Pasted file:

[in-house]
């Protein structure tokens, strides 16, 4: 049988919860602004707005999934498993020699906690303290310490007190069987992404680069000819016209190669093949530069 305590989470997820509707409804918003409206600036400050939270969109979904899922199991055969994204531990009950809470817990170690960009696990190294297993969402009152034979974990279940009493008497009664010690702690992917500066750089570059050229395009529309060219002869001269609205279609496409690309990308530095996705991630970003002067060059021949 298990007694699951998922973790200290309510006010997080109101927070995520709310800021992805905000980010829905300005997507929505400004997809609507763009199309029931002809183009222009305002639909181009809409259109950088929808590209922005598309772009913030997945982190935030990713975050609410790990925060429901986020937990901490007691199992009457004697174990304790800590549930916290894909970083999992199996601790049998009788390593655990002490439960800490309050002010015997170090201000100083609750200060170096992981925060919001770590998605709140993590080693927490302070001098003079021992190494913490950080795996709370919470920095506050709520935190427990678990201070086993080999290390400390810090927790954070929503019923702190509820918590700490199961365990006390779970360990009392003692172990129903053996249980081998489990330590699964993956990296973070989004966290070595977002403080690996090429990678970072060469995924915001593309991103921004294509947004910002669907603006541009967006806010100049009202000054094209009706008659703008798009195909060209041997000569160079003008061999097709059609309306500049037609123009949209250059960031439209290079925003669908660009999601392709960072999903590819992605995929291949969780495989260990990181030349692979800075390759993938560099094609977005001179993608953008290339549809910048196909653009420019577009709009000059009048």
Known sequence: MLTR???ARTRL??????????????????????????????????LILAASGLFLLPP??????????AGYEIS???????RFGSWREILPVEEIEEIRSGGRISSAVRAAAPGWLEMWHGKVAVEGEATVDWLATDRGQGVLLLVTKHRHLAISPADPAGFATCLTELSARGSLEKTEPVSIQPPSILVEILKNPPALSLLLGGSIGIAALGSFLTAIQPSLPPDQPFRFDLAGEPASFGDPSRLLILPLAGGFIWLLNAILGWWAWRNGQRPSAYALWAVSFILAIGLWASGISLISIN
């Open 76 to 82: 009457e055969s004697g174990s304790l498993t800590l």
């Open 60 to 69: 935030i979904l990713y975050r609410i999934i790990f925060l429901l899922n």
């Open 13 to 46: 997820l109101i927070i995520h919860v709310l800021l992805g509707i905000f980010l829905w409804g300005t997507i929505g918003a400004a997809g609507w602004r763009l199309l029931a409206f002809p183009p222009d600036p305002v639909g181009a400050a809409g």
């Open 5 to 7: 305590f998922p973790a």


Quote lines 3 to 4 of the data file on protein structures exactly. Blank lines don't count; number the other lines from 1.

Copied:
Known sequence: MLTR???ARTRL??????????????????????????????????LILAASGLFLLPP??????????AGYEIS???????RFGSWREILPVEEIEEIRSGGRISSAVRAAAPGWLEMWHGKVAVEGEATVDWLATDRGQGVLLLVTKHRHLAISPADPAGFATCLTELSARGSLEKTEPVSIQPPSILVEILKNPPALSLLLGGSIGIAALGSFLTAIQPSLPPDQPFRFDLAGEPASFGDPSRLLILPLAGGFIWLLNAILGWWAWRNGQRPSAYALWAVSFILAIGLWASGISLISIN
């Open 76 to 82: 009457e055969s004697g174990s304790l498993t800590l």